Decision No. 17,108
Appeal of LYNELLE JARMOND and GRACE JOHNSON from action of the Board of Education of the Wyandanch Union Free School District, Thomas Tolliver, Shirley Baker, Stephanie Howard, Rutha Bush, and Lisa L. Hutchinson, relating to an election.
Decision No. 17,108
(June 21, 2017)
Guercio & Guercio, LLP, attorneys for respondent Board of Education of the Wyandanch Union Free School District, Lisa L. Hutchinson, Esq., of counsel
ELIA, Commissioner.--Petitioners, Lynelle Jarmond and Grace Johnson, appeal the actions of the Board of Education of the Wyandanch Union Free School District (“respondent board”), and Thomas Tolliver, Board President (“respondent Tolliver”); Shirley Baker, Board Vice President (“respondent Baker”); Rutha Bush, Election Supervisor (“respondent Bush”); Stephanie Howard, District Clerk (“respondent Howard”); and attorney Lisa L. Hutchinson (“respondent Hutchinson”)(collectively, “respondents”), regarding the process and results of the May 19, 2015 election. Petitioners also seek the removal of respondents Baker, Tolliver, Howard, Bush and Hutchinson pursuant to Education Law §306. The appeal must be dismissed and the application denied.
On May 19, 2015, respondent board held its annual election. Three board seats were contested at the election. Petitioner Lynelle Jarmond ran for the seat held by respondent Tolliver, and was defeated by 13 votes. Petitioner Johnson served as a poll watcher. The election results were as follows:
Incumbent Charlie Reed: 233 votes
Challenger Moneik Hatcher: 234 votes
Incumbent Shirley Baker: 236 votes
Challenger Joval Nance: 230 votes
Incumbent Thomas Tolliver: 240 votes
Challenger Lynelle Jarmond: 227 votes
Petitioners allege numerous irregularities in the conduct of the election which they claim affected its outcome. Specifically, petitioners assert improprieties involving electioneering, unqualified voters casting ballots, and bias which affected the electoral process. Petitioners further allege that respondent Tolliver engaged in “willful misconduct, willful disobedience, unethical behavior, fraudulent activities against lawful rules and regulations, policies and decisional authorities prohibiting such,” and that respondents Howard, Bush and Hutchinson failed to perform the duties entrusted to them during the election by engaging in “unethical” and biased behaviors which “poisoned the fairness of the electoral process and breached lawful rules and regulations plus decisional authorities governing such.”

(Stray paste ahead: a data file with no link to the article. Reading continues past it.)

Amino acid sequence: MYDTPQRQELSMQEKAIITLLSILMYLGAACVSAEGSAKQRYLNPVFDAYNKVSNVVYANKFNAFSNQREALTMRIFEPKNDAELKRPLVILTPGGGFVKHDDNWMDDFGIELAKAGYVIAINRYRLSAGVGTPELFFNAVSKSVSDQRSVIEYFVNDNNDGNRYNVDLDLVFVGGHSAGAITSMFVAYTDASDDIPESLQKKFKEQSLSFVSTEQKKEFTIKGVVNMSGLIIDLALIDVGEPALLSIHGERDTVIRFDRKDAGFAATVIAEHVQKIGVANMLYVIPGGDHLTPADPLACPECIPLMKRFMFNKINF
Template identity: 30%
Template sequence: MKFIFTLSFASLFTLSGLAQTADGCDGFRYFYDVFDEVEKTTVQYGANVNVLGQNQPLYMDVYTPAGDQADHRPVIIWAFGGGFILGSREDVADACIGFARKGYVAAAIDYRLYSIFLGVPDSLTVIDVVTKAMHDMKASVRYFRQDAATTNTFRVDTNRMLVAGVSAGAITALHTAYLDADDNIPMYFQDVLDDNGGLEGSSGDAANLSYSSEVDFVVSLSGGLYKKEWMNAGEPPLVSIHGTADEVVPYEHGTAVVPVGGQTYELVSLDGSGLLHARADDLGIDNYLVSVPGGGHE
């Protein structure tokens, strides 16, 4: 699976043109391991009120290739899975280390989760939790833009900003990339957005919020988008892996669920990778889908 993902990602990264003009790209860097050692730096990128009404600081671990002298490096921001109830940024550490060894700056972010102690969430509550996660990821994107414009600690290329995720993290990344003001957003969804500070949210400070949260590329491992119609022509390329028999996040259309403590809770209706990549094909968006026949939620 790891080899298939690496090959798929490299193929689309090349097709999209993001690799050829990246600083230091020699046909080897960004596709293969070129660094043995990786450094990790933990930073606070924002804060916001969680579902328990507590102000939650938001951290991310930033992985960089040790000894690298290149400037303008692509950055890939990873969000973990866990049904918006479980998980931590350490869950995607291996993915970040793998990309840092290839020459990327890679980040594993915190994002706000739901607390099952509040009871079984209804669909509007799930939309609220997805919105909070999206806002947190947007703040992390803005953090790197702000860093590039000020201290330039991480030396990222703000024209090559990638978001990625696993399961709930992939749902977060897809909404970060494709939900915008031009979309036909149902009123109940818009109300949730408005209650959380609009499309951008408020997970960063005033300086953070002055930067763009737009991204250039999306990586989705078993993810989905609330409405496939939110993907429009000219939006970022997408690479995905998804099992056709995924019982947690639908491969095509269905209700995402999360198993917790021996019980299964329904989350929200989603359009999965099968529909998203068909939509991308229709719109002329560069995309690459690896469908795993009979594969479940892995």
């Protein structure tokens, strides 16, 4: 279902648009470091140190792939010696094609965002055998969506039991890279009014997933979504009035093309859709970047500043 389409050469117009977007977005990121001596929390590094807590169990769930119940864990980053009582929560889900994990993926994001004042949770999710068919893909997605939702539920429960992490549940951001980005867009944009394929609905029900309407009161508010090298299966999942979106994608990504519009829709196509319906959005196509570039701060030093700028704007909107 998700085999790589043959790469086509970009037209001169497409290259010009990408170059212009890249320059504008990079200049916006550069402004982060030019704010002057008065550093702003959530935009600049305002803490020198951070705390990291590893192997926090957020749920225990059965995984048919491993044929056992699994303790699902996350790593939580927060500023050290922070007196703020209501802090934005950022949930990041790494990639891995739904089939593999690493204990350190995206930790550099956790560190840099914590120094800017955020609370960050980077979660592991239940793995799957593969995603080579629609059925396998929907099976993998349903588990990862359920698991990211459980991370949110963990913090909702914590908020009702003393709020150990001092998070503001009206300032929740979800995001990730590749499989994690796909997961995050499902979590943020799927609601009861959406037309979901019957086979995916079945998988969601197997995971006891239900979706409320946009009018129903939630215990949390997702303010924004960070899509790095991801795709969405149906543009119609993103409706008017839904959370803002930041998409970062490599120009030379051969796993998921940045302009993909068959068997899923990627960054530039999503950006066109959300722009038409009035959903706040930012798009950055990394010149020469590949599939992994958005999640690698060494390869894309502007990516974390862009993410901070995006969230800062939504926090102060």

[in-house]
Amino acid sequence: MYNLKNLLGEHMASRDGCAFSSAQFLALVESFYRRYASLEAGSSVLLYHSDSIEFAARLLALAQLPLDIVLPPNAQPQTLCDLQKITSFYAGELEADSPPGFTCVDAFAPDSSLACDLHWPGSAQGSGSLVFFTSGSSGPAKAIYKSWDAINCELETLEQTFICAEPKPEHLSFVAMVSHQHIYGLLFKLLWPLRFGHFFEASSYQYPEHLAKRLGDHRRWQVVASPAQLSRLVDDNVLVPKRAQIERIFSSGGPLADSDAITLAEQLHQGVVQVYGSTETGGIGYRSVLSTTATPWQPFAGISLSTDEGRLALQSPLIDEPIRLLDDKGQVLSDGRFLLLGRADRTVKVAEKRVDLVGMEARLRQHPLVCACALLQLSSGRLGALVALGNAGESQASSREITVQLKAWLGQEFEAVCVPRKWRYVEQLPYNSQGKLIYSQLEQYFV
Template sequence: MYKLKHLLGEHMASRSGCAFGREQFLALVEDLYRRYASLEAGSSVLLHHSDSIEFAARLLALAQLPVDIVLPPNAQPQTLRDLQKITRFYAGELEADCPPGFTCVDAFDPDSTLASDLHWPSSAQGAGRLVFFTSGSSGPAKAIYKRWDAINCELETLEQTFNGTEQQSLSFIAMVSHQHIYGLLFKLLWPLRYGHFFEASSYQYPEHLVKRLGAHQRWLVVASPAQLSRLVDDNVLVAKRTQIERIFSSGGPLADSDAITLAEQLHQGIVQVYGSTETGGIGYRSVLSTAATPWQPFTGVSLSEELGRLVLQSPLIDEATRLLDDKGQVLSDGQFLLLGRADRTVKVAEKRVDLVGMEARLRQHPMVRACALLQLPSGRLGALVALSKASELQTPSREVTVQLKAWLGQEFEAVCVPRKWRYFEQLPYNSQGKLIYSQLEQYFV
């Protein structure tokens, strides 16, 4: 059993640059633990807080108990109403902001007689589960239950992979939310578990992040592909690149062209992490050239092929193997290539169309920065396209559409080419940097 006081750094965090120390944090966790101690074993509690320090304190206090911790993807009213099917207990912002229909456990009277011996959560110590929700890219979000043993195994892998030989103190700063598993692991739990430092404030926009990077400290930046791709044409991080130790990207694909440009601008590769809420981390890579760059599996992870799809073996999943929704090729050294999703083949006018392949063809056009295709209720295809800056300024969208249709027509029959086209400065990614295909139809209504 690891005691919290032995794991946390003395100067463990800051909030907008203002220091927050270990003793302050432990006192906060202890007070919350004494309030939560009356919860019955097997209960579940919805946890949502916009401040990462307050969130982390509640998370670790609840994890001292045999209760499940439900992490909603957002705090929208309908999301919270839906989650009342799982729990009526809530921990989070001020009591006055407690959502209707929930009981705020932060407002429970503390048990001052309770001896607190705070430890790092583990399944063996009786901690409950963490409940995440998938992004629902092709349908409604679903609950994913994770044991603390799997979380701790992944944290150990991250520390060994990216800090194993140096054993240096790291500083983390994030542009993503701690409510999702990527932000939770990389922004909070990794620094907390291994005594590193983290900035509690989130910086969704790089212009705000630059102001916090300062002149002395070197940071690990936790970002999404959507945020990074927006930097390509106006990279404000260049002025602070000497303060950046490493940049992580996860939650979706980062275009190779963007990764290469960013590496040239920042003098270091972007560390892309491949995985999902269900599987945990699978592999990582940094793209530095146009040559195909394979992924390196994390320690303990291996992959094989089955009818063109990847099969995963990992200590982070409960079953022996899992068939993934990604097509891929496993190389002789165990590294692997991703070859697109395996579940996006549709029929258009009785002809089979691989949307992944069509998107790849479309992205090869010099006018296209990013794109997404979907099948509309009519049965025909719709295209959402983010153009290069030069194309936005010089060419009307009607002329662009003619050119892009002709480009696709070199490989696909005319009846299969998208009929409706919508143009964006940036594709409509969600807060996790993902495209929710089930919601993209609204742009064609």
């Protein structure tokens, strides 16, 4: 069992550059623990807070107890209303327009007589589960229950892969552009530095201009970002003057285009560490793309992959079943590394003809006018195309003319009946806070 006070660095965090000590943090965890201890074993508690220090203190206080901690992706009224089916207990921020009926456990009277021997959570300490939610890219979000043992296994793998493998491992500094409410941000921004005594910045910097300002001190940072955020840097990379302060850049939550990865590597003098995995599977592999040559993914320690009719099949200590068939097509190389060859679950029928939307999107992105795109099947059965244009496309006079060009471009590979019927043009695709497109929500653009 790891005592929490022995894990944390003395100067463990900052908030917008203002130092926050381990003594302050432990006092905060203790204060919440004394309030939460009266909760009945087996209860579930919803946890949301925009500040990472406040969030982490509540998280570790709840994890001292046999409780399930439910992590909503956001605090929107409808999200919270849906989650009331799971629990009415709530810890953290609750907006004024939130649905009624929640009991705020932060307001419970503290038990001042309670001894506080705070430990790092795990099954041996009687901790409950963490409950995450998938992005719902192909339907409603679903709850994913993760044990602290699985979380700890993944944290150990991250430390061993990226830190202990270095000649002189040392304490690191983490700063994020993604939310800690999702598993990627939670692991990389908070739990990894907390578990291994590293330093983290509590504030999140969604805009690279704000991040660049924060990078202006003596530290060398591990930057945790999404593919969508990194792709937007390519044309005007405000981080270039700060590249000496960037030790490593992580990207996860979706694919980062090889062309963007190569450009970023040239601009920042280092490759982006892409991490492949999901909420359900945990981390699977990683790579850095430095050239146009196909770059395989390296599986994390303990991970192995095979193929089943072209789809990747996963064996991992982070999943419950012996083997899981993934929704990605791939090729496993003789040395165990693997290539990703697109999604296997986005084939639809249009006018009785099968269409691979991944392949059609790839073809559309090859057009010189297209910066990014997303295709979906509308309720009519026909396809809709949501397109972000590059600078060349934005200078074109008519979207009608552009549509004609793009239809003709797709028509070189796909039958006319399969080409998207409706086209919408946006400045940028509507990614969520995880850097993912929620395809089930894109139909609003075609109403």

Petitioners contend that, but for the various alleged fraudulent and illegal activities, petitioner Jarmond would have been successful in overcoming her 13 vote deficit and gaining a seat on the board. Petitioners seek the invalidation of the May 19, 2015 election results and the removal of respondents Tolliver, Baker, Howard and Hutchinson from their “titles and electoral services” with respondent board.
Respondents contend that the appeal must be dismissed for failure to join a necessary party and because the appeal is untimely. Respondents also contend that petitioners have failed to demonstrate a clear legal right to the relief requested and failed to meet their burden of proof. Respondents assert that petitioners’ allegations are speculative, that no electioneering occurred, and that the election was properly conducted. In addition, respondents assert that petitioners’ challenges to the qualifications of voters and the conduct of poll watchers are untimely and meritless. Respondents also deny petitioners’ claim that Hutchinson, as counsel for the board, failed to perform her duties. Finally, respondents deny that any irregularities occurred and that, even assuming, arguendo, that they did, such irregularities did not affect the outcome of the election.